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Red squirrels sniff out danger better than greys

Red squirrels sniff out danger better than greys

Science
A native predator of the red squirrel appears to be an unlikely ally in its battle with the grey squirrel. Scientists from Queen's University Belfast discovered that, while the pine marten preys on both species, the greys are much more vulnerable to attack. The key seems to be in the reds' innate ability to "sniff out" the danger posed by the pine marten. The findings are published in the Royal Society journal Open Science. Wide-eyed and cute as they may appear, pine martens are sharp-clawed predators. Their agility and tree-climbing skills make them the enemy of any squirrel. Previous research has shown that pine martens had a beneficial impact on red squirrel numbers and caused declines in the greys, but the reasons were not fully understood. ...
Trans-Eurasian crop exchange began 3,000 years earlier than thought

Trans-Eurasian crop exchange began 3,000 years earlier than thought

Science
Feb. 14 (UPI) -- Agricultural crops were traded between European and Asian populations 3,000 years earlier than thought, a scientific study published this week indicates. A cave excavation by Chinese scientists in the eastern Altai Mountains -- which border China, Mongolia, Kazakhstan and Russia -- yielded cereal grains radiocarbon-dated to be 5,200 years old. The samples are the oldest recorded examples of wheat and barley farming ever recorded in that area of Asia, and move the dates for early farming in the region backward by at least 1,000 years. The discovery also reinforces the theory that Asian and European cross-development of agriculture and technology long predates the Silk Road network of trade routes, which began around the 2nd century. The early exchanges played a crucial ro...
Deepwater Horizon oil spill was bigger than previously thought, study finds

Deepwater Horizon oil spill was bigger than previously thought, study finds

Science
Feb. 12 (UPI) -- Oil from the Deepwater Horizon disaster spread well beyond the spill footprint established by satellites, according to new analysis by scientists at the University of Miami. To determine the true size of the 2010 Deepwater Horizon oil spill, researchers supplied oil-transport models with water sampling results and remote sensing data. The simulations confirmed that a portion of the oil spilled in the wake of the deadly explosion remained invisible to satellites, but proved toxic to marine wildlife. "We found that there was a substantial fraction of oil invisible to satellites and aerial imaging," Igal Berenshtein, lead author of the new study and a postdoctoral researcher at Miami's Rosenstiel School of Marine and Atmospheric Science, said in a news release. "The spill w...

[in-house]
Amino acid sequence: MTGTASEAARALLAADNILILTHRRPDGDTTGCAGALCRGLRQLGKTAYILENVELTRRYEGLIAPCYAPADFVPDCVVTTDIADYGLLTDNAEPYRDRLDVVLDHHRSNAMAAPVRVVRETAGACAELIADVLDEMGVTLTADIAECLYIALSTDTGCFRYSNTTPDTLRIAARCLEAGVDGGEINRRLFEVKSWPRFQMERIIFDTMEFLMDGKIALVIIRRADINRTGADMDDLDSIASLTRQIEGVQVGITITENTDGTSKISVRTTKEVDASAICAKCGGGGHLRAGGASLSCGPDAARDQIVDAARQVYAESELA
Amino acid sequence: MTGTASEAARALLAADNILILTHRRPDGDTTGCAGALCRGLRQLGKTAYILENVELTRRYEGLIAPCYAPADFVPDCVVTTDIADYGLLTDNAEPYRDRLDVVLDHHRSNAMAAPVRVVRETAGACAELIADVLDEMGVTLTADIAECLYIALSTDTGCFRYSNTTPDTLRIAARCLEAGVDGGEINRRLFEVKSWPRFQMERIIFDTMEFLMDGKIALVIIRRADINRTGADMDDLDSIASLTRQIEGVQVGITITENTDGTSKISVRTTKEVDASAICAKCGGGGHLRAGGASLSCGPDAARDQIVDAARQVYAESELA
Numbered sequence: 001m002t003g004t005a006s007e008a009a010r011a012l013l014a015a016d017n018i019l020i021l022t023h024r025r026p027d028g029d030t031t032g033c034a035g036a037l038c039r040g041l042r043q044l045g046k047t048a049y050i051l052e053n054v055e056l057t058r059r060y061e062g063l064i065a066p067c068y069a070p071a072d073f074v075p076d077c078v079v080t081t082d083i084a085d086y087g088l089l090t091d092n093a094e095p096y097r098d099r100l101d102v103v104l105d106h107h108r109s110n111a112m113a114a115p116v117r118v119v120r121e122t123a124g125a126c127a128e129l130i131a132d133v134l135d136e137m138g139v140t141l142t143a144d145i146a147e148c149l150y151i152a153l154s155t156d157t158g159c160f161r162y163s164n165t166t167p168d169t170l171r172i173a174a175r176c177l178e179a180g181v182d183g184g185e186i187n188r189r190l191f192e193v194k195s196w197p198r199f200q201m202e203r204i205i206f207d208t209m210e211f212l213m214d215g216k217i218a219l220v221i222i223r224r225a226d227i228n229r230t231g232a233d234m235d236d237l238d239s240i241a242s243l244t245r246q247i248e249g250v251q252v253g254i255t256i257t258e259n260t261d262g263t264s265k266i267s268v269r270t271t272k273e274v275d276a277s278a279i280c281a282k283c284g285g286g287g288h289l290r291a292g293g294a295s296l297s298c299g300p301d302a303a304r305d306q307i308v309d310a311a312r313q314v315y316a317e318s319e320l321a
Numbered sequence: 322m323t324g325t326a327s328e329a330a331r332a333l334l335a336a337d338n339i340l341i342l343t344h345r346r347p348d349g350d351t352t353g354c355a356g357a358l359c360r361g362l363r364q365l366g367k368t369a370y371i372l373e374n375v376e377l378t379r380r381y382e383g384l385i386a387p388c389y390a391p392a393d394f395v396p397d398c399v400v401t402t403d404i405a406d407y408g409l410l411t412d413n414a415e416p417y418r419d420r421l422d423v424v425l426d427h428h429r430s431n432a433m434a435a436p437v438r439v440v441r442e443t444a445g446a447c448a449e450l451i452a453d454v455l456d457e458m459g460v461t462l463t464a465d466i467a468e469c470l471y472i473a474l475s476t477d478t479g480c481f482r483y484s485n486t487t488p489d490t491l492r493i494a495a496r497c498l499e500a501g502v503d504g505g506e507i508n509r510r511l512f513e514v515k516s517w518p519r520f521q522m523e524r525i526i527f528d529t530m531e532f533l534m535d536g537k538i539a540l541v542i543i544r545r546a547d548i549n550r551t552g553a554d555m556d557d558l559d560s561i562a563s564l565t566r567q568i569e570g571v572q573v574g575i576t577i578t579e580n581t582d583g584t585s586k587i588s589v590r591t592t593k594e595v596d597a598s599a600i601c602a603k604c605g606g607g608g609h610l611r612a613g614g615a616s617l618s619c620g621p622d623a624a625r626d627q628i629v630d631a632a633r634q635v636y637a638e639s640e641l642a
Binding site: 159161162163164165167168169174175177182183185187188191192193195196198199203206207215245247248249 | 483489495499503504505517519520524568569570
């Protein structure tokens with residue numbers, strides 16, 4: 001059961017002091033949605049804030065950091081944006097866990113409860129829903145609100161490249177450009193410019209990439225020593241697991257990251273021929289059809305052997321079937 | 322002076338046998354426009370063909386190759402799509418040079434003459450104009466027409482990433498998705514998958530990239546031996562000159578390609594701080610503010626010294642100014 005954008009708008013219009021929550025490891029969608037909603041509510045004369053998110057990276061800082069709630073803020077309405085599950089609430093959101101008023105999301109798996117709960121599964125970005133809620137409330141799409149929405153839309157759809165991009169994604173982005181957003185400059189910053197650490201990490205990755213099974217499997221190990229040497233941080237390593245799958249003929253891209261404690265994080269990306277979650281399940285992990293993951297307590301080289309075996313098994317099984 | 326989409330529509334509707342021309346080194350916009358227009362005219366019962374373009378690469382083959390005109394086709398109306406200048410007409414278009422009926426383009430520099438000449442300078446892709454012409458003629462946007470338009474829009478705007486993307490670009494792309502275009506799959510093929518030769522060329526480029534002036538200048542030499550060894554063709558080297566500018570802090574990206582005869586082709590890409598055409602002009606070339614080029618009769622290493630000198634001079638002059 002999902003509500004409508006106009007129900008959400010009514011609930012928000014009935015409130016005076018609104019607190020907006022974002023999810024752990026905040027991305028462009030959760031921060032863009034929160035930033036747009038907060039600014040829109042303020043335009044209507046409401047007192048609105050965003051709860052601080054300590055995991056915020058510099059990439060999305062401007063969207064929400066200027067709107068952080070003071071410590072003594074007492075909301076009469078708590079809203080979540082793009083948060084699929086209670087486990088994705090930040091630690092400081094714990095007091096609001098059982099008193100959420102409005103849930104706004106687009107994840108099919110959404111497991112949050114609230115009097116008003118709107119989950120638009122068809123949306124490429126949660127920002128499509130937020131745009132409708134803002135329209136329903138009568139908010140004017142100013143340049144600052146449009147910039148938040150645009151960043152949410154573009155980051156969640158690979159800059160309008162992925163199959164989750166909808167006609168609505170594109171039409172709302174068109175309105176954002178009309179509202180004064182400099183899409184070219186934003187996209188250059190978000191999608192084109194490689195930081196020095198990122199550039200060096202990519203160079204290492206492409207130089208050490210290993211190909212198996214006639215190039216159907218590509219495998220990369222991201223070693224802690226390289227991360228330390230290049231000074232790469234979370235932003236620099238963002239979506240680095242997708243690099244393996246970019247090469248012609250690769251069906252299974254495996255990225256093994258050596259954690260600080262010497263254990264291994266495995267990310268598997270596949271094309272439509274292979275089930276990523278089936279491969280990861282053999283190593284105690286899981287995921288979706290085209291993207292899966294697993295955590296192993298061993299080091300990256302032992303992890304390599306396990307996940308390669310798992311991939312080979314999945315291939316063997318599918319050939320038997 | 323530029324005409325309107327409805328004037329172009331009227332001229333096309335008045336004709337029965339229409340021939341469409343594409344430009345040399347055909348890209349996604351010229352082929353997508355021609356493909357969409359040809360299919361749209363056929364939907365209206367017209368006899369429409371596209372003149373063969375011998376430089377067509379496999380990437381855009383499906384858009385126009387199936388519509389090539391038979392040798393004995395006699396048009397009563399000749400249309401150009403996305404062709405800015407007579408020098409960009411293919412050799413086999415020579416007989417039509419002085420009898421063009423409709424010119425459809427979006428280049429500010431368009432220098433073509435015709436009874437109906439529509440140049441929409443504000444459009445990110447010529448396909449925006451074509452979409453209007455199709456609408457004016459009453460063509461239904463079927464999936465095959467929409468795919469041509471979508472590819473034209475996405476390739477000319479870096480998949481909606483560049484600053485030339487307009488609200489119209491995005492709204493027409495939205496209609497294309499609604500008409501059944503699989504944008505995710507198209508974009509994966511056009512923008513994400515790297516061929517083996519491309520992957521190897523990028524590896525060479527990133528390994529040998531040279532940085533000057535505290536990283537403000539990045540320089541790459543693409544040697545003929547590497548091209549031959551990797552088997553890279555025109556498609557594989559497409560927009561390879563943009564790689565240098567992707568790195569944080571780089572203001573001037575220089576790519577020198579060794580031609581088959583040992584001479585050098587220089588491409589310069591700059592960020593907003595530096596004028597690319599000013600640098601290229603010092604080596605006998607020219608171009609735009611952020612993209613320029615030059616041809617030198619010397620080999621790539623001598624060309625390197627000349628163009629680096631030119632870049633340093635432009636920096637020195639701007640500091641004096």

Coronavirus poses greater global threat than terrorism, WHO warn

Coronavirus poses greater global threat than terrorism, WHO warn

World
The coronavirus is "the worst enemy you can ever imagine" and poses a greater global threat than terrorism, the World Health Organisation has warned.Urging the world to "wake up" and be as aggressive as possible in tackling the outbreak, the UN health agency has given a new name to the disease that has sickened more than 44,600 people. It is now going to be officially known as COVID-19 - CO stands for corona, VI for virus, D for disease and 19 for the year it emerged. Image: Leading doctors say the coronavirus must be treated as 'public enemy number one' Chinese health officials have expressed hope that the outbreak will be over in April, but the head of the World Health Organisation was far less optimistic.Dr Tedros Adhanom Ghebreyes...
Deforested parts of Amazon ’emitting more CO2 than they absorb’

Deforested parts of Amazon ’emitting more CO2 than they absorb’

Science
Up to one fifth of the Amazon rainforest is emitting more CO2 than it absorbs, new research suggests.Results from a decade-long study of greenhouse gases over the Amazon basin appear to show around 20% of the total area has become a net source of carbon dioxide in the atmosphere.One of the main causes is deforestation.While trees are growing they absorb carbon dioxide from the atmosphere; dead trees release it again. Millions of trees have been lost to logging and fires in recent years.The results of the study, which have not yet been published, have implications for the effort to combat climate change.They suggest that the Amazon rainforest - a vital carbon store, or "sink", that slows the pace of global warming - may be turning...